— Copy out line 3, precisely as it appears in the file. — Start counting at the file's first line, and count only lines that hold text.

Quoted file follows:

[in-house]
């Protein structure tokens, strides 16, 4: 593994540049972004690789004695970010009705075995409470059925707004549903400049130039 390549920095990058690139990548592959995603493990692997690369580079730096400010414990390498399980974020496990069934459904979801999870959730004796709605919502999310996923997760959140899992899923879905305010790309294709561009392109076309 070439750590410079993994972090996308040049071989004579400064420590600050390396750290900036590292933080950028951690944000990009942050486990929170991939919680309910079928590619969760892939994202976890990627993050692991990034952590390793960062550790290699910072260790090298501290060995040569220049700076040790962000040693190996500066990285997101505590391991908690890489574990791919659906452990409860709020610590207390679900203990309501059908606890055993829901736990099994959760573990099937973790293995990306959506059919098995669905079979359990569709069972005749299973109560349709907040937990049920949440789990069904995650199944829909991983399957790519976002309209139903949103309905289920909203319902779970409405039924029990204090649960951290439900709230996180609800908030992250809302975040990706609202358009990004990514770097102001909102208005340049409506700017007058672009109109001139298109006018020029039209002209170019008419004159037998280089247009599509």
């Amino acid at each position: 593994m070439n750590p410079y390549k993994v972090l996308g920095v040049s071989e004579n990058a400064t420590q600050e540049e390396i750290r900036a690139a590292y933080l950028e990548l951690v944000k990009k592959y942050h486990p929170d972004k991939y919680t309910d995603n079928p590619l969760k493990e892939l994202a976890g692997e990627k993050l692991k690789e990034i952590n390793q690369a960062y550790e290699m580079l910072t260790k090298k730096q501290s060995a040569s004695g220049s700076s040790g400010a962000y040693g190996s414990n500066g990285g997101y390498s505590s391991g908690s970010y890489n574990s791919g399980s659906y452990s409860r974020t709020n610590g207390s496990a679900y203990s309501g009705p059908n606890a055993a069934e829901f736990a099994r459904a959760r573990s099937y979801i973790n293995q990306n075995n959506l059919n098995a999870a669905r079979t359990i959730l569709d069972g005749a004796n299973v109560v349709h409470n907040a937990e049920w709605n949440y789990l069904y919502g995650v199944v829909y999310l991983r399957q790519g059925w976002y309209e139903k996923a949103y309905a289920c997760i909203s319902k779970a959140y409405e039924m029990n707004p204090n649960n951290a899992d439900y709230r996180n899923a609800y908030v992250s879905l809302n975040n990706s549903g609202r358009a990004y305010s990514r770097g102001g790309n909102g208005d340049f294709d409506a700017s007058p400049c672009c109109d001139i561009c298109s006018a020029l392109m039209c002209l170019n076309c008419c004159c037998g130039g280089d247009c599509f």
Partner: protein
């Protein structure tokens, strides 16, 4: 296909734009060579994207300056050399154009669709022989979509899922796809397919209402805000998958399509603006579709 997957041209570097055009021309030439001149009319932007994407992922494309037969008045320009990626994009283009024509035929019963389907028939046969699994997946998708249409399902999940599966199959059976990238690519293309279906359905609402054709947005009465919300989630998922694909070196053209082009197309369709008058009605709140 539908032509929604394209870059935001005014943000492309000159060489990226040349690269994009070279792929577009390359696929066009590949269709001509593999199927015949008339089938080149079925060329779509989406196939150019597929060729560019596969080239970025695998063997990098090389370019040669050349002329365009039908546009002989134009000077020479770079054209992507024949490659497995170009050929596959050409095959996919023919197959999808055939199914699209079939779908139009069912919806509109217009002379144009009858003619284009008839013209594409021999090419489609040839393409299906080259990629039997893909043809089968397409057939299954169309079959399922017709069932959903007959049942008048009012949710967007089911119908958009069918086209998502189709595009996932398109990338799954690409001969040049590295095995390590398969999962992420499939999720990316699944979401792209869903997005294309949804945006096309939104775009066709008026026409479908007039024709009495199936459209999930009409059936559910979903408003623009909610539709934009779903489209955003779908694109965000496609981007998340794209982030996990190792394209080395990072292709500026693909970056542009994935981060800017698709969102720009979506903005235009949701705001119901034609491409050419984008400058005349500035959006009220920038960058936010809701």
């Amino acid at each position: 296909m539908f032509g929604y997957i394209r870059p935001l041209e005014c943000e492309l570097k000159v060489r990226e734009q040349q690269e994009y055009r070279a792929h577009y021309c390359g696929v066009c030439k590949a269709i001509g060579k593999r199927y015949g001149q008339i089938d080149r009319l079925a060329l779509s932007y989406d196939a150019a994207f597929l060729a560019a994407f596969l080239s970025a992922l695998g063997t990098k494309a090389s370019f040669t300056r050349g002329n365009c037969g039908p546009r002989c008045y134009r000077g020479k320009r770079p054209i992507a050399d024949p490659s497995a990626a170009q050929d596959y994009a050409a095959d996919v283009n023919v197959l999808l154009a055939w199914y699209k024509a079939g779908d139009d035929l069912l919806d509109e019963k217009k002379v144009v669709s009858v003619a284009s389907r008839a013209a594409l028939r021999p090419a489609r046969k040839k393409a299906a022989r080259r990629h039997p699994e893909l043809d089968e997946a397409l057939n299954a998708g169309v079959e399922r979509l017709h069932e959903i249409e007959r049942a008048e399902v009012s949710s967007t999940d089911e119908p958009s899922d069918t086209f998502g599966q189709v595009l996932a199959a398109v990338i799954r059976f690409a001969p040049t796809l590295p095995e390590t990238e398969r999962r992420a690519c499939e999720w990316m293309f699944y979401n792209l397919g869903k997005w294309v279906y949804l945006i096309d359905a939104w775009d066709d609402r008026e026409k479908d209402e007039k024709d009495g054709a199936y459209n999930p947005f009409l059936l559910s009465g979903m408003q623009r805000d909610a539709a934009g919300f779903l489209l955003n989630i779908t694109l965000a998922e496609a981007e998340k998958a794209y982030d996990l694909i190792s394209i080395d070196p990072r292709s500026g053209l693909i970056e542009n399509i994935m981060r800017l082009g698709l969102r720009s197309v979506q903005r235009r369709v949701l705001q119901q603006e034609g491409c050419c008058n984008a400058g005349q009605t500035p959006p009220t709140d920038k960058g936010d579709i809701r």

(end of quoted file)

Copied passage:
């Amino acid at each position: 593994m070439n750590p410079y390549k993994v972090l996308g920095v040049s071989e004579n990058a400064t420590q600050e540049e390396i750290r900036a690139a590292y933080l950028e990548l951690v944000k990009k592959y942050h486990p929170d972004k991939y919680t309910d995603n079928p590619l969760k493990e892939l994202a976890g692997e990627k993050l692991k690789e990034i952590n390793q690369a960062y550790e290699m580079l910072t260790k090298k730096q501290s060995a040569s004695g220049s700076s040790g400010a962000y040693g190996s414990n500066g990285g997101y390498s505590s391991g908690s970010y890489n574990s791919g399980s659906y452990s409860r974020t709020n610590g207390s496990a679900y203990s309501g009705p059908n606890a055993a069934e829901f736990a099994r459904a959760r573990s099937y979801i973790n293995q990306n075995n959506l059919n098995a999870a669905r079979t359990i959730l569709d069972g005749a004796n299973v109560v349709h409470n907040a937990e049920w709605n949440y789990l069904y919502g995650v199944v829909y999310l991983r399957q790519g059925w976002y309209e139903k996923a949103y309905a289920c997760i909203s319902k779970a959140y409405e039924m029990n707004p204090n649960n951290a899992d439900y709230r996180n899923a609800y908030v992250s879905l809302n975040n990706s549903g609202r358009a990004y305010s990514r770097g102001g790309n909102g208005d340049f294709d409506a700017s007058p400049c672009c109109d001139i561009c298109s006018a020029l392109m039209c002209l170019n076309c008419c004159c037998g130039g280089d247009c599509f």